MJ Burton Union is more of an outlier - but NOT in a bad way.  It's yeast characters are unique, easily identifiable, and a great addition to several beer styles.  The characters I get from this strain are less fruity and more earthy and woody (not woodsy).  Most of MJ's earlier offerings (2013) had considerable lag (using rehydrated yeast/slurry); in the 12-18 hour range.  This strain dropped clear pretty well; not powdery.  Typical mashes (152-154F) all achieved 74-77% apparent attenuation.  This strain would stand out in a lighter-style beer as a "key player", and play a bit more of a "backup" role in a richer, darker-style beer.  Of the several British yeast strains I've used, this one is one of the most memorable and unique (in a good way).

Hope this helps!

Very helpful! What is a good, easily sourced simple sugar that would work well in British styles? Is cane sugar no good?
On Tap/Bottled: Wheat, Citrus IPA, Festbier, New School Pale

Fermenting: chocolate pumpkin porter
Up Next: hoppy amber lager, IPA

Offline tommymorris

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British Blonde - dry yeast recommendation
« Reply #21 on: December 01, 2016, 01:59:38 AM »
I did a split batch of a Blonde Ale with US05 and Windsor once. The Windsor beer was terrible.  The esters the Windsor puts off don't go well with a blonde ale IMHO. The beer had an odd wang to it. Not the best description, I know.

I have used MJ Burton Ale in a bitter once and it was pretty nice. I thought the esters were more reserved with this yeast which might fit better in a Golden Ale.

PS. You might wonder why a split batch with those yeasts. Everyone on here was taking split batches at the time and those were the only two yeasts I had on hand. :)

Offline bboy9000

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British Blonde - dry yeast recommendation
« Reply #22 on: December 01, 2016, 02:36:58 AM »
Wyeast 1275 is the equivalent to WLP023.  Wy1318 is Boddington's and White Labs doesn't have an equivalent AFAIK.

I love Wyeast 1469.  Nutty at first the mild stone fruit after it sits a week in the keg.  It's the Timothy Taylor yeast.

OP- I know you want dry yeast but if you have access to liquid and are doing a relatively low gravity beer then grab some.  Unfortunately I don't have much experience with dry yeast other than US-05 and S-04.

This is a good reference for comparing Wyeast and White Labs strains:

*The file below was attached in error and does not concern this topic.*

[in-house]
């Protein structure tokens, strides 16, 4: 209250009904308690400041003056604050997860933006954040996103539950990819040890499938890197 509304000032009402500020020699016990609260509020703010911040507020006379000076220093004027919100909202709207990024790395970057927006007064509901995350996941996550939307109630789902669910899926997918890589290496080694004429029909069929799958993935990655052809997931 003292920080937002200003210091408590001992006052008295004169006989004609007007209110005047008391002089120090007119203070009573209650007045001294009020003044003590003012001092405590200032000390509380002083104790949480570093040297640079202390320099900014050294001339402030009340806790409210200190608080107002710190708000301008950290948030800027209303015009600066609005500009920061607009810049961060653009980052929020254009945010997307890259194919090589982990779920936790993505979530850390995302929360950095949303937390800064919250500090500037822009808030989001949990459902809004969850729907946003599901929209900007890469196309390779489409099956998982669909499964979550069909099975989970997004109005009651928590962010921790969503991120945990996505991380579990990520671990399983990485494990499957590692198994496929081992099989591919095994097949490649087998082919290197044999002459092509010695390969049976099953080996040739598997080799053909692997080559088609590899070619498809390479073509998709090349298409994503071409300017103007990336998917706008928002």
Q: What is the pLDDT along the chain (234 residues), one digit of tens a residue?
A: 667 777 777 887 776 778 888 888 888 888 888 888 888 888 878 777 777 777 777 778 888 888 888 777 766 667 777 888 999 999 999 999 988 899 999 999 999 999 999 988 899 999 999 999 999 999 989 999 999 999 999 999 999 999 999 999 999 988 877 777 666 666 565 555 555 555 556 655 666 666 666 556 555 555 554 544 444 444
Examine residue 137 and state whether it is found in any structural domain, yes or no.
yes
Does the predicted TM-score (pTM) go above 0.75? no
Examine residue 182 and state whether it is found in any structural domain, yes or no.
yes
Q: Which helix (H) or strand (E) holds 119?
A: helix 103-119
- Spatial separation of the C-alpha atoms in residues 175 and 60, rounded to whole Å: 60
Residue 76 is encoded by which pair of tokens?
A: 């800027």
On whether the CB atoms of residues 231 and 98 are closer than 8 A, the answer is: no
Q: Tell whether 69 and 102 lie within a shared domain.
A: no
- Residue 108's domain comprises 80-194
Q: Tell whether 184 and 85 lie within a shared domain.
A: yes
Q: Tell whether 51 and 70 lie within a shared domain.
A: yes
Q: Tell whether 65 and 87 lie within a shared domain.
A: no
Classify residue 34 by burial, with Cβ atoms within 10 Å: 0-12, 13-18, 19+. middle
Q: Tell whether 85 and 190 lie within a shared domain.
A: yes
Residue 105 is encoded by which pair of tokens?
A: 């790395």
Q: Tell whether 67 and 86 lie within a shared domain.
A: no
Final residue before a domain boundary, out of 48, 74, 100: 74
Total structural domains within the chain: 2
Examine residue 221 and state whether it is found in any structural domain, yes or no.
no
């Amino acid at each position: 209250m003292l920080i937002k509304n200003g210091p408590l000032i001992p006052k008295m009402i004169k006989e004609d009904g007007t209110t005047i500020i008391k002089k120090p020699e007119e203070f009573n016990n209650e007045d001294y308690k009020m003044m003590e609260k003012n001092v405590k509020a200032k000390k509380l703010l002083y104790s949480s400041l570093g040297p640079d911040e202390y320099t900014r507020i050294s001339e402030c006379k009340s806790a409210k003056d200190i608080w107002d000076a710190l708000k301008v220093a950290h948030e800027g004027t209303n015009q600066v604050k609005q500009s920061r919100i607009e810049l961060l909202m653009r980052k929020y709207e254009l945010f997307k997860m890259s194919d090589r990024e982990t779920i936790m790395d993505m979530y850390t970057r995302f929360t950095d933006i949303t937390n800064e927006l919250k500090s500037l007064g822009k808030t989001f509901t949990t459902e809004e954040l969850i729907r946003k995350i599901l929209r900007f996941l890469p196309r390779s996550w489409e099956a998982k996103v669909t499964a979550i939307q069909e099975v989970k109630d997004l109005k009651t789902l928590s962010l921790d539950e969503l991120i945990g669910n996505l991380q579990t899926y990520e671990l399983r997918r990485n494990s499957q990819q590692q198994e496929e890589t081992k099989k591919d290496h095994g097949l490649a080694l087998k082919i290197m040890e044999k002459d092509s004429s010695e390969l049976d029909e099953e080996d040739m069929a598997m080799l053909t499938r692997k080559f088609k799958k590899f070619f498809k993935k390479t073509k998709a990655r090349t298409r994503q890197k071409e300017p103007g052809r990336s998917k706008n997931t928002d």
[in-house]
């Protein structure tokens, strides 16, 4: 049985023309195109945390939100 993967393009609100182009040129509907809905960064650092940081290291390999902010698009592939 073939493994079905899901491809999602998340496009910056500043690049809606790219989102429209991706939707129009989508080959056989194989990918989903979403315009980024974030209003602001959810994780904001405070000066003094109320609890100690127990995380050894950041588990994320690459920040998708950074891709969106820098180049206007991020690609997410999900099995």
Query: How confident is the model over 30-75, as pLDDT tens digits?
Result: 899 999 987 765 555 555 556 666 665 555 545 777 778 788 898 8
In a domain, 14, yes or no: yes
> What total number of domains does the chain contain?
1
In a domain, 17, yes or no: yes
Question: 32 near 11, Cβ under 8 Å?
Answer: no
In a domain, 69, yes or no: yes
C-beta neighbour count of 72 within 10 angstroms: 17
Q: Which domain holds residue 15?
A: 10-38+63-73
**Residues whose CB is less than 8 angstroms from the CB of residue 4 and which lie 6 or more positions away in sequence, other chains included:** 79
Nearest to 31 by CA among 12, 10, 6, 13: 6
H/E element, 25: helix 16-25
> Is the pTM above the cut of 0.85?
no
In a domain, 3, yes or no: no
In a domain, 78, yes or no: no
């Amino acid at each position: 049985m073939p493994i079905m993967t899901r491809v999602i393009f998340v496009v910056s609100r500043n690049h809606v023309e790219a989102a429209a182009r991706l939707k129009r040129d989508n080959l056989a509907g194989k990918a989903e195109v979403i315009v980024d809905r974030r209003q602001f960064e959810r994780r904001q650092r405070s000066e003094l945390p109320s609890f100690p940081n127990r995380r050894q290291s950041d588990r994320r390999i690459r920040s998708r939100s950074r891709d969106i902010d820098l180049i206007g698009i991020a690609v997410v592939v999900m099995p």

http://www.mrmalty.com/yeast.htm
« Last Edit: December 01, 2016, 03:24:20 AM by bboy9000 »
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Offline Iliff Ave Brewhouse

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Re: British Blonde - dry yeast recommendation
« Reply #23 on: December 01, 2016, 03:52:58 AM »
I did a split batch of a Blonde Ale with US05 and Windsor once. The Windsor beer was terrible.  The esters the Windsor puts off don't go well with a blonde ale IMHO. The beer had an odd wang to it. Not the best description, I know.

I have used MJ Burton Ale in a bitter once and it was pretty nice. I thought the esters were more reserved with this yeast which might fit better in a Golden Ale.

PS. You might wonder why a split batch with those yeasts. Everyone on here was taking split batches at the time and those were the only two yeasts I had on hand. :)

I don't know if it will be this batch but I need to try Windsor. Seems like a love/hate type of yeast so I want to find out what side I am on.
On Tap/Bottled: Wheat, Citrus IPA, Festbier, New School Pale

Fermenting: chocolate pumpkin porter
Up Next: hoppy amber lager, IPA

Offline Iliff Ave Brewhouse

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Re: British Blonde - dry yeast recommendation
« Reply #24 on: December 01, 2016, 03:54:40 AM »
Wyeast 1275 is the equivalent to WLP023.  Wy1318 is Boddington's and White Labs doesn't have an equivalent AFAIK.

I love Wyeast 1469.  Nutty at first the mild stone fruit after it sits a week in the keg.  It's the Timothy Taylor yeast.

OP- I know you want dry yeast but if you have access to liquid and are doing a relatively low gravity beer then grab some.  Unfortunately I don't have much experience with dry yeast other than US-05 and S-04.

This is a good reference for comparing Wyeast and White Labs strains:
http://www.mrmalty.com/yeast.htm

I may go with liquid. 1318 is sounding pretty good. So many options it's difficult...
On Tap/Bottled: Wheat, Citrus IPA, Festbier, New School Pale

Fermenting: chocolate pumpkin porter
Up Next: hoppy amber lager, IPA

Offline stpug

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Re: British Blonde - dry yeast recommendation
« Reply #25 on: December 01, 2016, 03:20:57 PM »
Of the three contenders you mention, I've only used MJ Burton Union and Lallemand London ESB.  I feel that both are well suited to give you some apparent yeast character without being heavy-handed.